According to my studies, Paul's attitude towards the Law changed during his "ministry".

At first he was fairly in favor of the Law, even he thought circumcision is nothing.
1 Co 7:18-19 "Was anyone called while circumcised? Let him not become uncircumcised [let him stay Jew]. Circumcision is nothing, and uncircumcision is nothing, but what matters is the keeping of the commandments of God [the law].
Paul even mentioned the Law to support his arguments:
1 Co 9:8-9 "Do I say these things as a mere man? Or does not the law say the same also? For it is written in the law of Moses, ..."
1 Co 4:20-21 "Brethren, be not children in understanding: howbeit in malice be ye children, but in understanding be men.
In the law it is written, With men of other tongues and other lips will I speak unto this people; and yet for all that will they not hear me, saith the Lord."

Note: I am certain 1 Co 15:56 is an interpolation, as explained here: http://historical-jesus.info/co1c.html#adf

However later, in 'Galatians' & 'Romans', the Law of Moses is most often described as a curse or bringing death & sin and needing to be scrapped.
Gal 2:16b "... for by the works of the law no flesh shall be justified."
Gal 2:21 "... for if righteousness comes through the law, then Christ died in vain."
Gal 3:10a "For as many as are of the works of the law are under the curse ..."
Gal 3:13a "Christ has redeemed us from the curse of the law ..."
Ro 3:20 Darby "Wherefore by works of law no flesh shall be justified before him; for by law [is] knowledge of sin."
Ro 7:8b-9a "For apart from the law sin was dead. I was alive once without the law, but when the commandment came, sin revived and I died."
Ro 8:2 "For the law of the Spirit of life in Christ Jesus has made me free from the law of sin and death."
Ro 10:4 "For Christ is the end of the law for righteousness to everyone who believes."

So what was the turning point? Obviously Jewish Christian preachers trying to get Paul's converts in Galatia switch to their beliefs. Paul heard about it and then wrote his very emotional epistle, taking a firm position against the value of the Law.

Note: I do not think Gal 3:10 and 5:3 should be thought as Paul then being in sync with James about the Law. That should be understood as:
Yes, Jews are under obligation to obey the whole Law but (according to the rest of the letter) the Law is a curse to make you sin. Because it is quasi-impossible to comply with all the many elements (hundred) of the Law. The Solution: faith in Christ Jesus as the redeemer and simplify the Law as "For the whole law is fulfilled in one word, "You shall love your neighbor as yourself."" (Gal 5:14)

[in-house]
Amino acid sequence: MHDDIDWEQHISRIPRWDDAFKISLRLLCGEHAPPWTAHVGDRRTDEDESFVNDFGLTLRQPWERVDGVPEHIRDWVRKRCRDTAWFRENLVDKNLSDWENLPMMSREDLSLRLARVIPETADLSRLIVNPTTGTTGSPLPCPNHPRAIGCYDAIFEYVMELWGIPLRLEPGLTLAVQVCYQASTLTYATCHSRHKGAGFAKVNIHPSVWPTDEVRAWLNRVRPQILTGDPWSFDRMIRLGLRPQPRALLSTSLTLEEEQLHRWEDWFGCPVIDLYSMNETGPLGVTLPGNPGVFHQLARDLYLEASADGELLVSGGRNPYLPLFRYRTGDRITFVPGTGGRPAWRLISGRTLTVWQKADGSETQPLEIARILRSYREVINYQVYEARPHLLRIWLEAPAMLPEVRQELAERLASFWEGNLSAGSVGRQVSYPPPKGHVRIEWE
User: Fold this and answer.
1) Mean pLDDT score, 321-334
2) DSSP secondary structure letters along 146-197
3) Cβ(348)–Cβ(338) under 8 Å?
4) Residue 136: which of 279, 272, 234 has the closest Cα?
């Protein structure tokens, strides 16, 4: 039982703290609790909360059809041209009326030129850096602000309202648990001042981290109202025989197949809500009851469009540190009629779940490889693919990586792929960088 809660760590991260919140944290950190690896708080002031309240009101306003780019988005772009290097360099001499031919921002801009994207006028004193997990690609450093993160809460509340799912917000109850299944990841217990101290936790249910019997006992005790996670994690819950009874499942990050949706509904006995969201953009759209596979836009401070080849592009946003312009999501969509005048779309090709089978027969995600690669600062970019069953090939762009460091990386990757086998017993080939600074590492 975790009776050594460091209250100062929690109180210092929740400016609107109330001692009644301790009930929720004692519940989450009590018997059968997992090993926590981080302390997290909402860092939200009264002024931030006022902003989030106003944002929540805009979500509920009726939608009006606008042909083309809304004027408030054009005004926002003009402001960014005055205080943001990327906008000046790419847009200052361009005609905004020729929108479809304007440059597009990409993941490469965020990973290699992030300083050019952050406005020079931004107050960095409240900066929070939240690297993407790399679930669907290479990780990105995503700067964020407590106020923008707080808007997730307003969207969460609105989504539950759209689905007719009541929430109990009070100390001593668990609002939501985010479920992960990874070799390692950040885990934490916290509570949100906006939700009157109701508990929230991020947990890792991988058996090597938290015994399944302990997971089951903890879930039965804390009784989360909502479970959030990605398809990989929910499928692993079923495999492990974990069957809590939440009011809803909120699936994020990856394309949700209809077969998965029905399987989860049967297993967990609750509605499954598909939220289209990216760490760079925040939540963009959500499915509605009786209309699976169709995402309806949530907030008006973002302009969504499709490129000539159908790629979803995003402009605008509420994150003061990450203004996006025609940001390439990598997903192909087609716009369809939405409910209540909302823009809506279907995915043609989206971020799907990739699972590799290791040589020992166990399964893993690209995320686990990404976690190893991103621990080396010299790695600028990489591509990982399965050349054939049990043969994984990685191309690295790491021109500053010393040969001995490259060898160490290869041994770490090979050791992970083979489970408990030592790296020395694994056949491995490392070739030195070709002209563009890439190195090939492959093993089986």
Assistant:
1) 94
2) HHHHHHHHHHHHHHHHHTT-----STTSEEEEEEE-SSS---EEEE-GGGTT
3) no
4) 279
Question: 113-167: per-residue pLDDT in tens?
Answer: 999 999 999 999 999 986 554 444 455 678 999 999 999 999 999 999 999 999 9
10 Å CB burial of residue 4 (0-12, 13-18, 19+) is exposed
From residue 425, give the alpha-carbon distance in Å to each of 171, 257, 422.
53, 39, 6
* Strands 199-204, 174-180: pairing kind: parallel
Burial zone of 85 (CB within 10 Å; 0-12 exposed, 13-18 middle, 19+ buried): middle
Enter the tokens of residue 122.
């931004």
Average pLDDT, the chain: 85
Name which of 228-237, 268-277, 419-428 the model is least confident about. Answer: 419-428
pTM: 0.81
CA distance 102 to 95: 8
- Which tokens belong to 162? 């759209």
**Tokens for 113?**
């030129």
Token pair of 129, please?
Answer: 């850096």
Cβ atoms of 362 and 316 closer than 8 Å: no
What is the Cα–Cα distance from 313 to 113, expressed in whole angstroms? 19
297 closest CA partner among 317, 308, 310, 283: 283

Gal 3:10 "For as many as are of works of the Law are under a curse, for it has been written: "Cursed is everyone who does not continue all things having been written in the book of the Law, to do them."
Gal 5:3 "And I testify again to every man who receives circumcision, that he is under obligation to keep the whole Law."

Cordially, Bernard
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John2
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Re: James 1.1 and 2.1.

Post by John2 » Thu Feb 28, 2019 2:47 pm

I think all this stems from Paul's MO in 1 Cor. 9:20-22 rather than him changing his views. He's kind of deliberately like a ...what's the word I'm looking for ... something that when you look at it you see what you want to see.
To the Jews I became like a Jew, to win the Jews. To those under the law I became like one under the law (though I myself am not under the law), to win those under the law. To those without the law I became like one without the law (though I am not outside the law of God but am under the law of Christ), to win those without the law ... I have become all things to all men, so that by all possible means I might save some.


Given this, can you blame Jewish Christians if they were "under the impression that you teach all the Jews who live among the Gentiles to forsake Moses, telling them not to circumcise their children or observe our customs"? Can you blame robert j or Ben for having their impressions? But in the end, I think it's fair to say that Paul's "gospel" at least included being "without the law."

And I think what he calls the "law of Christ" is what he means by "keeping of the commandments of God" (as per 1 Cor. 7:19), like in 1 Cor. 7:10-11:
To the married I give this command (not I, but the Lord): A wife must not separate from her husband. But if she does, she must remain unmarried or else be reconciled to her husband. And a husband must not divorce his wife.


I just don't think "keeping the commandments of God" can mean the Torah, because right before this he says:
Circumcision is nothing and uncircumcision is nothing.